Here is a blog post to once and for all dispel the difference between scalability and performance!
Let's imagine on non computer task. Let's say the your business is to carry goods from point A to point B on the back of a donkey. Business is good, so you seem to be getting more and more requests to carry such goods. Soon enough you realize that you need a donkey that performs better! So you kill your donkey, and you get a body builder donkey! As business grows, his body builder donkeys in enough either! So you kill him, and instead you replace him with a really expensive Sylvester Stallone donkey. Business is getting even crazier, you kill the Sylvester Stallone donkey, and you get an Arnold Schwarzenegger donkey and you pump him with steroids! By now you're donkey is really performant, but also really expensive!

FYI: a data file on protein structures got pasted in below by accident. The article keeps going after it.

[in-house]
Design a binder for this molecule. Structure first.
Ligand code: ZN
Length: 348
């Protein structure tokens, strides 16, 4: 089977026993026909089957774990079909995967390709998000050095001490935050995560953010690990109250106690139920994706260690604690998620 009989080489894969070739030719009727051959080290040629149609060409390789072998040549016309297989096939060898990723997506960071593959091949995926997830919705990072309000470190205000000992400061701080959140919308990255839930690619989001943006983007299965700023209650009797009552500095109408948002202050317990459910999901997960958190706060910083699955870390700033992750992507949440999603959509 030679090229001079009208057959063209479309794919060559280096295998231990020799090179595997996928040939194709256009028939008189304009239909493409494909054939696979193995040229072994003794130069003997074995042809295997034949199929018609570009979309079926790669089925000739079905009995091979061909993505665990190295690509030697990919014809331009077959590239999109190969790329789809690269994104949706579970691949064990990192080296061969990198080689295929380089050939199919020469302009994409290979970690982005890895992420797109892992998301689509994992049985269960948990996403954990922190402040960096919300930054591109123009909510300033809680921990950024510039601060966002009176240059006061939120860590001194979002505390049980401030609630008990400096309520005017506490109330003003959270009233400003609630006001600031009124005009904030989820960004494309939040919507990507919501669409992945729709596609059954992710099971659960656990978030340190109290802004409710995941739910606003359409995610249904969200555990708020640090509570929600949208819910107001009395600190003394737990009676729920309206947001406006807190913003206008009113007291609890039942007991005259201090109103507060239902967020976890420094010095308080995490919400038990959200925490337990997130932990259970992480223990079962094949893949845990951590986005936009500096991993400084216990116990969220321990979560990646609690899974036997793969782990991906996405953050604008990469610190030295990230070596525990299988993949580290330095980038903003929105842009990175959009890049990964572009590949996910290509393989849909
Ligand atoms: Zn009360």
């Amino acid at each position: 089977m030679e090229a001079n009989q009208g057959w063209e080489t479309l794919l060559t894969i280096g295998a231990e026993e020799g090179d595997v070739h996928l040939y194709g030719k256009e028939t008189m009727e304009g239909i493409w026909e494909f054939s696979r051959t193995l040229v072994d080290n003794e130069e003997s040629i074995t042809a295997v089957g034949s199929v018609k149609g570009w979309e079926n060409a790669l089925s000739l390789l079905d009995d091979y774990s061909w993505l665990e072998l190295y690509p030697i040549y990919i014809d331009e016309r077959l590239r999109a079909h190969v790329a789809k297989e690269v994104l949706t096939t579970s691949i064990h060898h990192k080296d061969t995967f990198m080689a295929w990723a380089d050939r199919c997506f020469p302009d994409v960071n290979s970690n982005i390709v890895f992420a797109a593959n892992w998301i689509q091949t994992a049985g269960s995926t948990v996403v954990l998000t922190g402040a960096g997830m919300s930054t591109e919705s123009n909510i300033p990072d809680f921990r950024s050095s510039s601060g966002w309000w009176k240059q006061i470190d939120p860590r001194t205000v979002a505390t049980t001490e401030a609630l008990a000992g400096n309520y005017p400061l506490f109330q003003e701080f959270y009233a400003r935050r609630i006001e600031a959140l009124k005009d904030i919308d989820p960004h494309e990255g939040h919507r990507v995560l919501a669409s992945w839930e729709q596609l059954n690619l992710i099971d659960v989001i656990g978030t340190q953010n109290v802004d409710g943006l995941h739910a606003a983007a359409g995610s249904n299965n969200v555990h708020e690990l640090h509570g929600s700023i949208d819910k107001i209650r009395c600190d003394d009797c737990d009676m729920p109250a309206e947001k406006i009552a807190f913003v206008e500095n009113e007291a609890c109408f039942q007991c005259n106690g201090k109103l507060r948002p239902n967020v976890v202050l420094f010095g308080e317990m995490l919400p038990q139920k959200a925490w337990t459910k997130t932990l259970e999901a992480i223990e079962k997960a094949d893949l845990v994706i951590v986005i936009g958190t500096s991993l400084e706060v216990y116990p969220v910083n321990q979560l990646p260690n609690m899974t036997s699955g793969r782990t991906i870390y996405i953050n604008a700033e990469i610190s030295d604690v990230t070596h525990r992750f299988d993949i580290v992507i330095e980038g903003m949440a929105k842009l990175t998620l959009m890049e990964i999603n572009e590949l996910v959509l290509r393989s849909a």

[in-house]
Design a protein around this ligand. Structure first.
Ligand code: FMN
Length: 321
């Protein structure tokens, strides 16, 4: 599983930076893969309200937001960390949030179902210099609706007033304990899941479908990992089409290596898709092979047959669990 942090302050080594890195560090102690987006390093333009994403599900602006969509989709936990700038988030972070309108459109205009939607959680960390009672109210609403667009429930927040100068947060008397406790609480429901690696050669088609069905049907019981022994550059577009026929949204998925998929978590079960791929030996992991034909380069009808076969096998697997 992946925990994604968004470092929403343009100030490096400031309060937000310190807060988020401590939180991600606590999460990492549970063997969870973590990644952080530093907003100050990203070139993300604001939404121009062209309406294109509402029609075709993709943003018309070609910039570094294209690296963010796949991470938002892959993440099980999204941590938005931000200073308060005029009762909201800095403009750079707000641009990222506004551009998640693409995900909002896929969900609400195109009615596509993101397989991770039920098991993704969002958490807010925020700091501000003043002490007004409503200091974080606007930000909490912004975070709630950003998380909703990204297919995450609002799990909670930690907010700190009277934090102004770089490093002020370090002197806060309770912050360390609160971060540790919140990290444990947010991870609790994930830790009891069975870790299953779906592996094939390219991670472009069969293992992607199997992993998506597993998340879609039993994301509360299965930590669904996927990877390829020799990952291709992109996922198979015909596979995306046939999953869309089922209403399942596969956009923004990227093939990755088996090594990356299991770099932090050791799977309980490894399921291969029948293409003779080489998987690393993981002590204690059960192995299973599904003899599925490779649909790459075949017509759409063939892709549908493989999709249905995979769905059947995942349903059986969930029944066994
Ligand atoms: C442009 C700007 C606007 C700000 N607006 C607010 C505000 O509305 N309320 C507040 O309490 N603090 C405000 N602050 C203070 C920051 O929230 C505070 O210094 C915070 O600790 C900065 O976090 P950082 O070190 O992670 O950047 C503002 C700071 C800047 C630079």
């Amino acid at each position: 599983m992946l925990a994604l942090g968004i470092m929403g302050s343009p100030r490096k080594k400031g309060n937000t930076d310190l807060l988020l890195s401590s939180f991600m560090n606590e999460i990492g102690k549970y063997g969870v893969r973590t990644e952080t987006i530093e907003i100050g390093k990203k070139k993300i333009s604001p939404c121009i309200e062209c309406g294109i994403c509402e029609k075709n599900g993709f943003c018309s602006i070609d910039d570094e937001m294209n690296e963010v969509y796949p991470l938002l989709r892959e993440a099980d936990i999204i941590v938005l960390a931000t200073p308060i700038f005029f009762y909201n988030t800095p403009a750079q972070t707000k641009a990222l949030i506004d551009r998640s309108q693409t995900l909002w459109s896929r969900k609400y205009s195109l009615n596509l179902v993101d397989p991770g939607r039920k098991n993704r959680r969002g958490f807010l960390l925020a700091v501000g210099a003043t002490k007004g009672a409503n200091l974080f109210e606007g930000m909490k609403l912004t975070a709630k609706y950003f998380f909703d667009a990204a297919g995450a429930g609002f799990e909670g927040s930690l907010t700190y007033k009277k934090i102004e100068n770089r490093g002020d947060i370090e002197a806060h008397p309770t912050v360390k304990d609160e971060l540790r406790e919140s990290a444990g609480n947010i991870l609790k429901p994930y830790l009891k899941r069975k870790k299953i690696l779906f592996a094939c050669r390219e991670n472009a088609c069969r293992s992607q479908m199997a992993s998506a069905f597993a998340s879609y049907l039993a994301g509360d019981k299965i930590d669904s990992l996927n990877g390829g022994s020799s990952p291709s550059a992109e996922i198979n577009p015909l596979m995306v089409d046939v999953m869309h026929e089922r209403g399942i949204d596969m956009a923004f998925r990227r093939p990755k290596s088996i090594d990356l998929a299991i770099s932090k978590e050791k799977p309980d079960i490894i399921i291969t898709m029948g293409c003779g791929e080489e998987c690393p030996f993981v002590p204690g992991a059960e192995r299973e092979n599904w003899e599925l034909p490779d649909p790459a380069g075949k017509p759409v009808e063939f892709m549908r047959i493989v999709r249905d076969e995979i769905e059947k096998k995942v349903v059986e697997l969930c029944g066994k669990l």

What is important to realize here, is that the same purpose could've been achieved by numerous cheaper donkeys, by scaling your operation amongst the numerous cheaper donkeys. This means, a scalable architecture breaks down its tasks into equivalent activities, that any cheaper donkey can pick. The process of finding a stronger and stronger donkey is aiming for better performance! The equivalent of replacing weaker servers with stronger servers.
The process of distributing, distributable load across multiple servers, is referred to as scaling out your operation.
As you can see, scalability is a very different animal than performance. The end result is perhaps the same you're able to support more business, and you're able to support more users hitting your system. It is how you solve the problem, by providing better performance, or better scalability - is that also differentiates the cost. Numerous less powerful servers are almost always cheaper than a single very high performance supercomputer.